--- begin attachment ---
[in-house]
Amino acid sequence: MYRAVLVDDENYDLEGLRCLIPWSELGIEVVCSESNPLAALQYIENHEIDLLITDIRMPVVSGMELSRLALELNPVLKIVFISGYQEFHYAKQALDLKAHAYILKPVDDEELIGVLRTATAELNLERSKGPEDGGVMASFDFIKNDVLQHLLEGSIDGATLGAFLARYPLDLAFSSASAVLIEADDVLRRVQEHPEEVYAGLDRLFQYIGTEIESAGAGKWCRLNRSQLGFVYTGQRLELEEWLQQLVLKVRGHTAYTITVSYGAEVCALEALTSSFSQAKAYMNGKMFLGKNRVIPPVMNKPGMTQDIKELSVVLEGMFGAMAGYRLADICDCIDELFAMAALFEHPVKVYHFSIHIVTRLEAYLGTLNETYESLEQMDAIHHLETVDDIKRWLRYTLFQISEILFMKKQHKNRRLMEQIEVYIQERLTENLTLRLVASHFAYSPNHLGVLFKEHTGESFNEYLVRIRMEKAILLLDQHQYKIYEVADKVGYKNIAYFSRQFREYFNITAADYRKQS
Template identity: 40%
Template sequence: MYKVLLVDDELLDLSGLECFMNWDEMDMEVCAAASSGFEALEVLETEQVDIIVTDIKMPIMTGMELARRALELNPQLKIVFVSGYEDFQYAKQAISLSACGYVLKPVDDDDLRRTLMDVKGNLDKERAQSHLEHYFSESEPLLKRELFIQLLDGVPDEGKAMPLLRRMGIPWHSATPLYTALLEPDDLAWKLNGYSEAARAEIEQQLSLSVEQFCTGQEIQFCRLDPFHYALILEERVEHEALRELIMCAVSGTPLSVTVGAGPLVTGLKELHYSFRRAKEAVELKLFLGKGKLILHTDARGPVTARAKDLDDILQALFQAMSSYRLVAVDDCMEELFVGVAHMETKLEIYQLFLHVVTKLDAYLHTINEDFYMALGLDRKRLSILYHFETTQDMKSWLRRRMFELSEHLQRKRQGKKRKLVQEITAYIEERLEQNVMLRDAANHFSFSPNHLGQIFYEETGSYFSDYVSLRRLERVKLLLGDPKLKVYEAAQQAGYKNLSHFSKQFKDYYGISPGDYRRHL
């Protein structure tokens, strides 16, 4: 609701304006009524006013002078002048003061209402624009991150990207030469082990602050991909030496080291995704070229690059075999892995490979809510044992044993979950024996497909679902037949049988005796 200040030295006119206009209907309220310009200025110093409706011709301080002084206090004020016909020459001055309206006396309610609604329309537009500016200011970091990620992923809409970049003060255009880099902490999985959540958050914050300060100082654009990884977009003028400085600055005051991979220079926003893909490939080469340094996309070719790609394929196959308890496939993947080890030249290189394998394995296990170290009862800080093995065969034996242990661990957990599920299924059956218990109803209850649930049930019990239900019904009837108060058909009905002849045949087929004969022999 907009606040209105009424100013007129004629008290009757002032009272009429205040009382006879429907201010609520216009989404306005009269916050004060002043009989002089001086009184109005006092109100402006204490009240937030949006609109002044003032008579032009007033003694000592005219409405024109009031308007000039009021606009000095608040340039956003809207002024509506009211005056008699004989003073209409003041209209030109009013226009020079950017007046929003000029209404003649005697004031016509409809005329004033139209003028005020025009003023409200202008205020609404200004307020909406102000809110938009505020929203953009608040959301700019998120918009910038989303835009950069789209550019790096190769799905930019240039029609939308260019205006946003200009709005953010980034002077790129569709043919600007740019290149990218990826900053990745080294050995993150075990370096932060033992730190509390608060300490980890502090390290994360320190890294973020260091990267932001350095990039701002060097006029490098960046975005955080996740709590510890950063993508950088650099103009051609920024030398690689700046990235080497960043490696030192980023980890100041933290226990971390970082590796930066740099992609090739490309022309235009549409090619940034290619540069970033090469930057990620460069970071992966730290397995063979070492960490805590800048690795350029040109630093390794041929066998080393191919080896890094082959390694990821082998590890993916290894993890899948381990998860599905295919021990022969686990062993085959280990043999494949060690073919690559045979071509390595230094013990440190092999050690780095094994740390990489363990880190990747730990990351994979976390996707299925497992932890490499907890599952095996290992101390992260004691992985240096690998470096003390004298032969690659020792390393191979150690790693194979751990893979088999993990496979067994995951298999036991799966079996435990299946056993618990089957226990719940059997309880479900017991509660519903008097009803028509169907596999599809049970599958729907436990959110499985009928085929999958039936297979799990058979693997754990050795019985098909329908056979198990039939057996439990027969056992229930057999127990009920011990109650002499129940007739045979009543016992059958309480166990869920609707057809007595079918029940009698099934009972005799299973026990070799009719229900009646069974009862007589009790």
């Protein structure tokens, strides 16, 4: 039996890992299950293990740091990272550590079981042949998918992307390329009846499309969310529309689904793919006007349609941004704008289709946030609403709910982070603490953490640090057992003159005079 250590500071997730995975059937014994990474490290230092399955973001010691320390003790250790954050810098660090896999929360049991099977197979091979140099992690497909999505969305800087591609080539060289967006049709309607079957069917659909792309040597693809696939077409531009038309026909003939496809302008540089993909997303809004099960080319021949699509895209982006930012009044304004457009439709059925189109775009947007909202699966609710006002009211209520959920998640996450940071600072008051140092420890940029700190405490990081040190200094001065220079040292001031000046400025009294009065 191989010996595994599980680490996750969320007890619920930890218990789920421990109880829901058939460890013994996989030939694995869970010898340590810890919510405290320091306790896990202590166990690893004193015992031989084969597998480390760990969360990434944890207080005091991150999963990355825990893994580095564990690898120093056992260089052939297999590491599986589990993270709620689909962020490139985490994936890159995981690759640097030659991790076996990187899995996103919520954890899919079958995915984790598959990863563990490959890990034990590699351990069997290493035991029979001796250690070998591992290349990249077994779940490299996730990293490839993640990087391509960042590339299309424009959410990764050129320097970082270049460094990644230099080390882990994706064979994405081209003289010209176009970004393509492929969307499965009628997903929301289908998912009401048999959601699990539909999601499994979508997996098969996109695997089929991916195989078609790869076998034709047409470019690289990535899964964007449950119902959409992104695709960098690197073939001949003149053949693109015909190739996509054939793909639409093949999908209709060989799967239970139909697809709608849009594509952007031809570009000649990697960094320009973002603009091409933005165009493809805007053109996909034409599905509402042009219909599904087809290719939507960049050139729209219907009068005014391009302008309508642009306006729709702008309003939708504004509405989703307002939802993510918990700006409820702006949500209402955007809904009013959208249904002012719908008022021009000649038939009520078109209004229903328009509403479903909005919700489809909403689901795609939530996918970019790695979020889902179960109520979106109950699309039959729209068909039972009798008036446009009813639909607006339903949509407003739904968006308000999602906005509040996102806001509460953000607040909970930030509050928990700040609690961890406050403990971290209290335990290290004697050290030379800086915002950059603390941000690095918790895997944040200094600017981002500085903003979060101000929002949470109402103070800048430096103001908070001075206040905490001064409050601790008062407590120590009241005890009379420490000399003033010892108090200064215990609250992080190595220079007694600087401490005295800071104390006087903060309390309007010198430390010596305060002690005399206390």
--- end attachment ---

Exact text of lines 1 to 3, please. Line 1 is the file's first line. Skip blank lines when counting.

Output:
[in-house]
Amino acid sequence: MYRAVLVDDENYDLEGLRCLIPWSELGIEVVCSESNPLAALQYIENHEIDLLITDIRMPVVSGMELSRLALELNPVLKIVFISGYQEFHYAKQALDLKAHAYILKPVDDEELIGVLRTATAELNLERSKGPEDGGVMASFDFIKNDVLQHLLEGSIDGATLGAFLARYPLDLAFSSASAVLIEADDVLRRVQEHPEEVYAGLDRLFQYIGTEIESAGAGKWCRLNRSQLGFVYTGQRLELEEWLQQLVLKVRGHTAYTITVSYGAEVCALEALTSSFSQAKAYMNGKMFLGKNRVIPPVMNKPGMTQDIKELSVVLEGMFGAMAGYRLADICDCIDELFAMAALFEHPVKVYHFSIHIVTRLEAYLGTLNETYESLEQMDAIHHLETVDDIKRWLRYTLFQISEILFMKKQHKNRRLMEQIEVYIQERLTENLTLRLVASHFAYSPNHLGVLFKEHTGESFNEYLVRIRMEKAILLLDQHQYKIYEVADKVGYKNIAYFSRQFREYFNITAADYRKQS
Template identity: 40%